by Grady Mitchell | The films of Vancouver duo Nathan Drillot and Jeff Petry, who work together under the name Salazar, are vibrant and vital. Their narrative stories often centre on youth – the immediacy and uncertainty of feeling inherent to young people provides a vehicle for the excitement and wonder the filmmakers hope to inspire. There’s an unrestrained, almost tribal quality to some of their narrative work, alongside a multitude of haunting images. One music video follows a willowy dancer as she prances in empty hallways and across black, wind-scoured beaches. Their short film Silver Creek (above), a promo to raise awareness about bullying, follows the joyful parade of a group of outcasts whose reveries are ultimately, tragically shattered by a gang of thugs.
While the trademark of their narrative films is tumbling, blood-coursing velocity, Salazar’s documentary work takes a slower pace and a more contemplative approach. Whether they’re telling the story of 20-year-old ?sunaarashi, Japan’s first Middle Eastern sumo wrestler (below), a profile of Theo Jansen, an eccentric designer who builds wind-powered sculptures (bottom), or an intimate look at worldwide stars like Tegan and Sara (for which Jeff and Nathan received a Grammy nomination), they treat subjects with dignity and respect. A sense of admiration for the people in front of their cameras underpins every story. It’s more important to celebrate them for their humanity, Jeff says, than their accomplishments alone.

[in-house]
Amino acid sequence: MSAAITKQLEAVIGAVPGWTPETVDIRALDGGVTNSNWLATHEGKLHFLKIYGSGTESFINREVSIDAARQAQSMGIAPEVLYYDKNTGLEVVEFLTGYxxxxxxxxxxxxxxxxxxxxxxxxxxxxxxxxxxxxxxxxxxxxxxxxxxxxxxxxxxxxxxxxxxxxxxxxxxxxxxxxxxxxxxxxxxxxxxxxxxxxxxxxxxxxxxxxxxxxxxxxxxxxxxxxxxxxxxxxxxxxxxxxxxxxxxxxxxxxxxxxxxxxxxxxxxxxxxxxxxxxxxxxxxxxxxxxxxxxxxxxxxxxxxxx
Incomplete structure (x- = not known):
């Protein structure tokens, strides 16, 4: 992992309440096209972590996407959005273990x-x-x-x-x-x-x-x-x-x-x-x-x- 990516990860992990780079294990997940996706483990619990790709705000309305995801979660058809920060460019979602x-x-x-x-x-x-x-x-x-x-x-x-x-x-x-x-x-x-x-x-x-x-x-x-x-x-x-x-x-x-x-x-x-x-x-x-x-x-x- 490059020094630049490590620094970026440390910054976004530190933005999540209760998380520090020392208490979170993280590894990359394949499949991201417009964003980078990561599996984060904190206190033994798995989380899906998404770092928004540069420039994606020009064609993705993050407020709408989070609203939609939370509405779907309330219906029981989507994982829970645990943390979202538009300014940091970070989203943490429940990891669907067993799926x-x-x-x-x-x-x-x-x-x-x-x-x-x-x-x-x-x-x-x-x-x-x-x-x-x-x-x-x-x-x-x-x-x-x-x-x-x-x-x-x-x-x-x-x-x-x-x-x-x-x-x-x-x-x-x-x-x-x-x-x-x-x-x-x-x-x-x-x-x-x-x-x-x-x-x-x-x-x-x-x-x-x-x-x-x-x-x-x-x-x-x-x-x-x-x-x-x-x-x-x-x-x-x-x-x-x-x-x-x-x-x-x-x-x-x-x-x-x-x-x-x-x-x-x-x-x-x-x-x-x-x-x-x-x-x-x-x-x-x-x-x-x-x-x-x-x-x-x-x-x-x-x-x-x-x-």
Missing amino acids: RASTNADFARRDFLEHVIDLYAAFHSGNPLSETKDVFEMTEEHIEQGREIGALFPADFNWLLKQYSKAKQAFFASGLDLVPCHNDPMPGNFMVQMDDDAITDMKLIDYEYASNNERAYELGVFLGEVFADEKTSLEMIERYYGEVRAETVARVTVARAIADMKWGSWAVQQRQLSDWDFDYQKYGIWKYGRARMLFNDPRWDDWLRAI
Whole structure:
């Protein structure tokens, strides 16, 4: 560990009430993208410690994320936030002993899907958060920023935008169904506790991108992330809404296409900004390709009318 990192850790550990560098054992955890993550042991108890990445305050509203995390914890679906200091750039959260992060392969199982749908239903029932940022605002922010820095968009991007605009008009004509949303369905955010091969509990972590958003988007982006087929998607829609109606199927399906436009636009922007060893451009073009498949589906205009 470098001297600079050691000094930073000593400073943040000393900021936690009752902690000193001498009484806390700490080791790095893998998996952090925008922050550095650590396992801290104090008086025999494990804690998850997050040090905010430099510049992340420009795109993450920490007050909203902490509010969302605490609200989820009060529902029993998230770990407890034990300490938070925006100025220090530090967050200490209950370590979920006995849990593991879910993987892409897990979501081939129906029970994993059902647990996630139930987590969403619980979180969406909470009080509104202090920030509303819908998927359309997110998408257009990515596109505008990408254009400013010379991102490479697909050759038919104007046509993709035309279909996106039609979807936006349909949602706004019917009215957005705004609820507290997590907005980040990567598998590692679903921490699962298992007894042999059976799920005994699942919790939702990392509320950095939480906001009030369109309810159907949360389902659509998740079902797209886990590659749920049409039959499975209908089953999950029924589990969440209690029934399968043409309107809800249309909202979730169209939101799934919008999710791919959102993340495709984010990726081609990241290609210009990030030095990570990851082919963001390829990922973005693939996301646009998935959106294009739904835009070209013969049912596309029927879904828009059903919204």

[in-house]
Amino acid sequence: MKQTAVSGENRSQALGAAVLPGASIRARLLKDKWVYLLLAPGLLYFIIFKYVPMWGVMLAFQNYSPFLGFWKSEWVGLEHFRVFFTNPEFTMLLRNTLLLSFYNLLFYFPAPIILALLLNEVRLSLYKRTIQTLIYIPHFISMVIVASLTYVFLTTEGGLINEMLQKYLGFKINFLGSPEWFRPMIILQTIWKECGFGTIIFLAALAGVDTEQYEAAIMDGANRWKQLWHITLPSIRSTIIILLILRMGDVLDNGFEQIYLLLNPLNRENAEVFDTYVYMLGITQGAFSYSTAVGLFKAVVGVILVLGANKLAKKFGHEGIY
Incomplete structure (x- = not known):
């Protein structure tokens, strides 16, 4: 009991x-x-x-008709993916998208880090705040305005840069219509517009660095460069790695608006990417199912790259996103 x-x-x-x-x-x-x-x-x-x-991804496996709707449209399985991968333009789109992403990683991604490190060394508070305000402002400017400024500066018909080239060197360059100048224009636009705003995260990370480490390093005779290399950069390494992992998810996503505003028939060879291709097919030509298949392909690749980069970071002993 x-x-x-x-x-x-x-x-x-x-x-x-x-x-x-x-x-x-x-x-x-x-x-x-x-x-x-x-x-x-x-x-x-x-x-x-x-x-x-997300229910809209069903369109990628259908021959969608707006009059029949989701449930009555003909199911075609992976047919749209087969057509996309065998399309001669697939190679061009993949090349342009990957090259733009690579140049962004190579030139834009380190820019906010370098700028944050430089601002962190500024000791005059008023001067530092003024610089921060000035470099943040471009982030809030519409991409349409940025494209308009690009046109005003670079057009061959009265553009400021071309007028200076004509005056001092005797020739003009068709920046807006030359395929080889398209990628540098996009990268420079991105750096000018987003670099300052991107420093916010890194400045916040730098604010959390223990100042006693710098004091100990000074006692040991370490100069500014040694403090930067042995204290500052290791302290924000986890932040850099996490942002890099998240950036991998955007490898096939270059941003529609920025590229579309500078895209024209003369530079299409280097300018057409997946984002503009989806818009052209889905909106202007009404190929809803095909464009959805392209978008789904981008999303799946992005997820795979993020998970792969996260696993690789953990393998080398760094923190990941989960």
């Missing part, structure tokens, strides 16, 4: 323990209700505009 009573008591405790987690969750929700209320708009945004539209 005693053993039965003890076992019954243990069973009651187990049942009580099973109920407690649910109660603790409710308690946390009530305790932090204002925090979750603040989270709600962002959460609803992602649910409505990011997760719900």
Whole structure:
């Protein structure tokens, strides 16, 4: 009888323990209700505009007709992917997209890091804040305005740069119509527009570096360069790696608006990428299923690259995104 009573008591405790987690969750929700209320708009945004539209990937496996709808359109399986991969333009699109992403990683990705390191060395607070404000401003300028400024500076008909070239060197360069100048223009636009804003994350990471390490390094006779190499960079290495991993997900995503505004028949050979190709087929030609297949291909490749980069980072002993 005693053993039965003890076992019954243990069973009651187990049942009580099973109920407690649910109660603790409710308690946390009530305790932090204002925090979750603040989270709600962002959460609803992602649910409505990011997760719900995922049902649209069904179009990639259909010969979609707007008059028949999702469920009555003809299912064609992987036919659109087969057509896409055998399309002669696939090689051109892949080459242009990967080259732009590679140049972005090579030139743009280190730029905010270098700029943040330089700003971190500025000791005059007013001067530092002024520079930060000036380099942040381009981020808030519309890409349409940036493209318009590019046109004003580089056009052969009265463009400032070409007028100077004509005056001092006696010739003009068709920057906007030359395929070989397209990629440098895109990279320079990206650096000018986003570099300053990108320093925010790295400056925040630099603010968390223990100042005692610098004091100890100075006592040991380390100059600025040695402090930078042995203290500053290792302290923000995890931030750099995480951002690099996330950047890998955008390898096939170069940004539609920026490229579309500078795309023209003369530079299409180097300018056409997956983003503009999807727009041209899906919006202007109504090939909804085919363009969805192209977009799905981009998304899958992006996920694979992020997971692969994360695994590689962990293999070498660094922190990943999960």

Often they discover their characters from brief coverage in more traditional media: a few columns of newsprint devoted to a quirky local or a quick colour segment on the nightly news. It was a short spot on CTV that introduced them to the subject of their current project, Robert Gagno. Once the two find a story like Robert’s, one that requires more than a cursory news spot or a few paragraphs of text to grasp its nuance and depth, they get to work.
For Robert’s story, that work involves a lot of arcade games. He’s a young Autistic man from Burnaby and a pinball wizard. Now ranked among the world’s top ten players, he spends around 20 weeks a year travelling and competing internationally. His family has rallied around his passion; his dad’s garage is crammed with broken down machines that the two are repairing, and his mom has become the number one female player in Canada. Some say journalistic objectivity is impossible, and in this instance it’s true. Via Robert’s coaching, Nathan’s now gotten pretty handy at World Cup ’94.
The most challenging part of their documentary work, Jeff says, is keeping themselves out of it. Once they’ve gathered the raw footage they have to reconcile their preconceived vision with the reality of the story and its characters. “We spend all this time researching them and romanticizing what the possibilities of telling their story can be,” he says. “So we’re actually inventing them, in a sense, or these ideas of them. Then we go to film it and it’s different, because it’s real life. We get into this process of stripping ourselves out of it.” Nathan sees the people in their videos more as collaborators than characters.
Jeff and Nathan hope that with those collaborators they can tell stories that enact change. “We want to create films that make people rethink what it is to be human,” Jeff says. “How should we act, how should we treat each other?”
To see more of Salazar’s work, visit their website.